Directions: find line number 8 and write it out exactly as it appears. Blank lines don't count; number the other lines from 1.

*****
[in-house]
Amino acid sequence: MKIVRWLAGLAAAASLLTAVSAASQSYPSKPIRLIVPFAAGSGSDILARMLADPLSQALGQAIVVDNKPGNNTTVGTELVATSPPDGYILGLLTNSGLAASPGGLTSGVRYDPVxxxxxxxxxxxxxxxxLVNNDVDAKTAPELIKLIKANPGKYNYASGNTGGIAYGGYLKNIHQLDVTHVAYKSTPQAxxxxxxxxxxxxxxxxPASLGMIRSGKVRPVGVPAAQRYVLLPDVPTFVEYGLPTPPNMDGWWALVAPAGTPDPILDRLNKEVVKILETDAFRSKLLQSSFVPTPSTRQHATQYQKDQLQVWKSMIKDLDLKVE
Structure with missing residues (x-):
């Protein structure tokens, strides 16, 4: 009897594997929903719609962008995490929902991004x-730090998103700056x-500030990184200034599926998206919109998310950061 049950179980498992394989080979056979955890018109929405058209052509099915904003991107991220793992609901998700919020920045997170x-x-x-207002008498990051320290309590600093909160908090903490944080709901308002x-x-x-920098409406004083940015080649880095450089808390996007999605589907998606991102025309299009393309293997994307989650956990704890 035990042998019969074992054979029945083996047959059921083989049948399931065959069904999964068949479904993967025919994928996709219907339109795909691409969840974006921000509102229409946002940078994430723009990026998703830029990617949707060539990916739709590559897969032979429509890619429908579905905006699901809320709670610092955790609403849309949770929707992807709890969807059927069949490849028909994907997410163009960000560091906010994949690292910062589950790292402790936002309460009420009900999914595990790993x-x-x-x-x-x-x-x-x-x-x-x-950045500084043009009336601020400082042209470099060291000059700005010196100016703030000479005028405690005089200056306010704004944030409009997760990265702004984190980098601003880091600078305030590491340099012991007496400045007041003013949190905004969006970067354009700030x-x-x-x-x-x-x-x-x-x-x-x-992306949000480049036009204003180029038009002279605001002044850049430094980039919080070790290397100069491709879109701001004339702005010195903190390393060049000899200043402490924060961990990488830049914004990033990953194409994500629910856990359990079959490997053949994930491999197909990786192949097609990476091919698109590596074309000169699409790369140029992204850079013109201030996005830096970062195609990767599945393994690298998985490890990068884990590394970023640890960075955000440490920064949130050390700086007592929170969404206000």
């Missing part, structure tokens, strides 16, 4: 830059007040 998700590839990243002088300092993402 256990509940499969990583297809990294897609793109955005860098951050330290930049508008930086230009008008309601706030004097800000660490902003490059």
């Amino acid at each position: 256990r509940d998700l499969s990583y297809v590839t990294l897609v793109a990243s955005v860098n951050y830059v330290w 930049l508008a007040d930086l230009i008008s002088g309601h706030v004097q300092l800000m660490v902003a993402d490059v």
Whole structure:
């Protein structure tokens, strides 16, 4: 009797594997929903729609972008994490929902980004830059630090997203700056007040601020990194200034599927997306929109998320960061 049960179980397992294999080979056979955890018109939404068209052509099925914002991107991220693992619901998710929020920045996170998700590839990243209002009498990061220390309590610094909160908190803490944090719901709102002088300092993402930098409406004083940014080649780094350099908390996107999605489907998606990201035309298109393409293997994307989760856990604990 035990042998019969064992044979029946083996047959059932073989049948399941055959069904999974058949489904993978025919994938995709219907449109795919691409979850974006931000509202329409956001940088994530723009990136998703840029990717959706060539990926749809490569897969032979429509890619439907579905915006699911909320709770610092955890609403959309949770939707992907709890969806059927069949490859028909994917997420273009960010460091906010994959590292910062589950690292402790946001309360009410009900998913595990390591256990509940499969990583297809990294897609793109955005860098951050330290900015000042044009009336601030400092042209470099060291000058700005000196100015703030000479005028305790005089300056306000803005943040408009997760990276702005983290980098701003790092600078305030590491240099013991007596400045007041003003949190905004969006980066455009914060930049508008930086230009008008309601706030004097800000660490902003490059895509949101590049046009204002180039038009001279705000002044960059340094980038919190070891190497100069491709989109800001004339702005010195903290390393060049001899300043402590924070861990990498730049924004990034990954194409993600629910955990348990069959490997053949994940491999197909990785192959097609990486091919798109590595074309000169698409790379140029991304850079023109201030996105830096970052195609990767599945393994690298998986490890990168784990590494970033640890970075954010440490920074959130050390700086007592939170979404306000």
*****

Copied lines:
């Protein structure tokens, strides 16, 4: 009797594997929903729609972008994490929902980004830059630090997203700056007040601020990194200034599927997306929109998320960061 049960179980397992294999080979056979955890018109939404068209052509099925914002991107991220693992619901998710929020920045996170998700590839990243209002009498990061220390309590610094909160908190803490944090719901709102002088300092993402930098409406004083940014080649780094350099908390996107999605489907998606990201035309298109393409293997994307989760856990604990 035990042998019969064992044979029946083996047959059932073989049948399941055959069904999974058949489904993978025919994938995709219907449109795919691409979850974006931000509202329409956001940088994530723009990136998703840029990717959706060539990926749809490569897969032979429509890619439907579905915006699911909320709770610092955890609403959309949770939707992907709890969806059927069949490859028909994917997420273009960010460091906010994959590292910062589950690292402790946001309360009410009900998913595990390591256990509940499969990583297809990294897609793109955005860098951050330290900015000042044009009336601030400092042209470099060291000058700005000196100015703030000479005028305790005089300056306000803005943040408009997760990276702005983290980098701003790092600078305030590491240099013991007596400045007041003003949190905004969006980066455009914060930049508008930086230009008008309601706030004097800000660490902003490059895509949101590049046009204002180039038009001279705000002044960059340094980038919190070891190497100069491709989109800001004339702005010195903290390393060049001899300043402590924070861990990498730049924004990034990954194409993600629910955990348990069959490997053949994940491999197909990785192959097609990486091919798109590595074309000169698409790379140029991304850079023109201030996105830096970052195609990767599945393994690298998986490890990168784990590494970033640890970075954010440490920074959130050390700086007592939170979404306000």